While I do accept that there are valid reasons to do for a distributed design for many systems, I do think distribution is a complexity booster. A coarser-grained API is more awkward than a fine-grained one. You need to decide what you are going to do about failure of remote calls, and the consequences to consistency and availability. Even if you minimize remote calls through your protocol design, you still have to think more about performance issues around them. When designing a monolith you have to worry about allocation of responsibilities between modules, with a distributed system you have to worry about allocation of responsibilities between modules and distribution factors.
While small microservices are certainly simpler to reason about, I worry that this pushes complexity into the interconnections between services, where it's less explicit and thus harder to figure out when it goes wrong. Refactoring becomes much harder when you have to do it across remote boundaries. Microservice advocates tout the reduction of coupling you get from asynchronous communication, but asynchrony is yet another complexity booster. Cookie-cutter scaling allows you to handle large volumes of traffic without increasing distribution complexity.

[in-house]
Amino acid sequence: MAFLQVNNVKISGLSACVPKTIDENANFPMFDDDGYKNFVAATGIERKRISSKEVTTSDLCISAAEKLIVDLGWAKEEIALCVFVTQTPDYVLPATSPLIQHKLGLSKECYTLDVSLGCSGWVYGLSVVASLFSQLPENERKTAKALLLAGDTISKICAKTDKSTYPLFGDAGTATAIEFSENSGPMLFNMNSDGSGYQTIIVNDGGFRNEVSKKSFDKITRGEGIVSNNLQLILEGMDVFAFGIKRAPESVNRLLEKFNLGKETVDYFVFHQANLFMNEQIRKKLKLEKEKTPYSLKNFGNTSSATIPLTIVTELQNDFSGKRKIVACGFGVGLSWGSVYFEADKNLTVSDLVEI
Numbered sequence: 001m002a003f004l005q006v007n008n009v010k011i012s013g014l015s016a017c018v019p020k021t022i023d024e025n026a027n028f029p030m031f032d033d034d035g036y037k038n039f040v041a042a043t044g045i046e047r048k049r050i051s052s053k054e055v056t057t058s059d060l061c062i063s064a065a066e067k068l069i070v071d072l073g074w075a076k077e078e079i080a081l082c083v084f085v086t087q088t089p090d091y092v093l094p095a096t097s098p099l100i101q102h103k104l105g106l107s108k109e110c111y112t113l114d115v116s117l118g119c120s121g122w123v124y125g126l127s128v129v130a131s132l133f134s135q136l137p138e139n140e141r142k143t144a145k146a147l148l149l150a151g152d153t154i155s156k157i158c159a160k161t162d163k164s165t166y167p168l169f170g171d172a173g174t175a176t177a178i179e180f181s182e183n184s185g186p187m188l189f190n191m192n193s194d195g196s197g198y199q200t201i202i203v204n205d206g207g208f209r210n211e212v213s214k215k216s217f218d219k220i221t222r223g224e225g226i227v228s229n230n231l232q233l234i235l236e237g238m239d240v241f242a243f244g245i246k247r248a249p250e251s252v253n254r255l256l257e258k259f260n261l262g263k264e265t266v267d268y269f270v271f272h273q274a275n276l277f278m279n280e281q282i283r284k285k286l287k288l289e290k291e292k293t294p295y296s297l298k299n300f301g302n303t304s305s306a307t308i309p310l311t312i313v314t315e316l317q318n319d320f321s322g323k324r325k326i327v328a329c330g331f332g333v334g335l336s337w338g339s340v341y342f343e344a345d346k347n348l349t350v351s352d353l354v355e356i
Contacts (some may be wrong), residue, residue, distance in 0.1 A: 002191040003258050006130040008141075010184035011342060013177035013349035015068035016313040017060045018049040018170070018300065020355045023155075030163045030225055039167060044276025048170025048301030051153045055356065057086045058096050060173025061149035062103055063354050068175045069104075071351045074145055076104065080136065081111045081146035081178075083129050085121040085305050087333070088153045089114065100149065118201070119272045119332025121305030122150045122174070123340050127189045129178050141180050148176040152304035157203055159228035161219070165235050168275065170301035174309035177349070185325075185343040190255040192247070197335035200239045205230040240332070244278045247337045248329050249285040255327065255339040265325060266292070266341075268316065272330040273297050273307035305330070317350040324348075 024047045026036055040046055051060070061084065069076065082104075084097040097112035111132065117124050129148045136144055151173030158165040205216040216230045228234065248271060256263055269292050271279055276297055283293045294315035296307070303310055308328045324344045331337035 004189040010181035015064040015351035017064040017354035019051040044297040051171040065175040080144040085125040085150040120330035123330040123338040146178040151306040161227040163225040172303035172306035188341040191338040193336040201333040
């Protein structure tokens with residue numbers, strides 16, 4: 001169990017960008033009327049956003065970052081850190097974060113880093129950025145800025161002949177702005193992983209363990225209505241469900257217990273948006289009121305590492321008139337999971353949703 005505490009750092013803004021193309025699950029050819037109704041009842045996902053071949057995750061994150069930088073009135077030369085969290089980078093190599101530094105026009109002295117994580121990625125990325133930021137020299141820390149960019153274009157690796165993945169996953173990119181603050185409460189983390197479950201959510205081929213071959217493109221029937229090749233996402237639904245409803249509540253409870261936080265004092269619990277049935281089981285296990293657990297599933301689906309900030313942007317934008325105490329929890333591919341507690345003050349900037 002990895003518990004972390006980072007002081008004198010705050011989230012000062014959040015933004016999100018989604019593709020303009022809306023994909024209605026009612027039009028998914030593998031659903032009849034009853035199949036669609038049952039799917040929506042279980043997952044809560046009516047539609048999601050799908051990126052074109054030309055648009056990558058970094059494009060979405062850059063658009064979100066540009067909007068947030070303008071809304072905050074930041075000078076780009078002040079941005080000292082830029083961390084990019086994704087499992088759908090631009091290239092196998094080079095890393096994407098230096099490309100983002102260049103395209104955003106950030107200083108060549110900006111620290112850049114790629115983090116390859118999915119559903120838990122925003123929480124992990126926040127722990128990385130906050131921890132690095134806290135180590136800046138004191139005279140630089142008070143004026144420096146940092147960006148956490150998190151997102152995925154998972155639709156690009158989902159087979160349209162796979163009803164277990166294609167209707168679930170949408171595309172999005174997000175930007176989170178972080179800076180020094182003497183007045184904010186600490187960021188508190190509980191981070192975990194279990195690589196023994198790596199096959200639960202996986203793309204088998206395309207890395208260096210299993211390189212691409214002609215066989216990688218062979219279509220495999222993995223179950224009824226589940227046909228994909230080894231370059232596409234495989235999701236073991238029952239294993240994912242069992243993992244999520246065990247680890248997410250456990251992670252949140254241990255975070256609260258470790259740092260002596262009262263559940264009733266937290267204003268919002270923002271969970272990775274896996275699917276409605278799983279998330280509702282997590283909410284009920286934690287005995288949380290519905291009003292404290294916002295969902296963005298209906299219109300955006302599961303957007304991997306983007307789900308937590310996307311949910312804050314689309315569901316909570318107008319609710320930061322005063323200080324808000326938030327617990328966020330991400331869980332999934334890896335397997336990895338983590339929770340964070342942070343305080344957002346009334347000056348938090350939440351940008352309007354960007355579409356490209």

Consequently I'm wary of distribution and my default inclination is to prefer a monolithic design. Given that, why have I spent a lot of effort describing microservices and supporting my colleagues who are advocating it? The answer is because I know my gut feelings are not always right. I cannot deny that many teams have taken a microservices approach and have found success with it, whether they be well-known public cases like Netflix and (probably) Amazon, or various teams I've talked to both inside and outside of ThoughtWorks. I am by nature an empiricist, one that believes that empirical evidence trumps theory, even if that theory is rather better worked out than my gut feel.
Not that I think the matter is settled yet. In software delivery, success is a very slippery thing to identify. Although organizations like Netflix and Spotify have trumpeted their earlier success with microservices there are also examples like Etsy or Facebook that have had success with much more monolithic architectures. However successful a team may think itself to have been with microservices, the only real comparison would be the counter-factual - would they have fared better with a monolith? The microservices approach has only been around for a relatively short time, so we don't have much evidence from a decade old legacy microservice architecture to compare it to those elderly monoliths that we dislike so much. And there may be factors we haven't identified that mean that in some circumstances monoliths are better while other situations favor the microservices. Given the difficulty in assembling evidence in software development it's more likely than not that there won't be a compelling decision in favor of one or the other even after many years have passed.
Given this uncertainty, the most important thing a writer like myself can do is to communicate as clearly as I can the lessons we think we've learned, even if they are contradictory. Readers will make their own decisions, it is our job as writers to make sure those decisions are well-informed ones, whichever side of the architectural line they fall.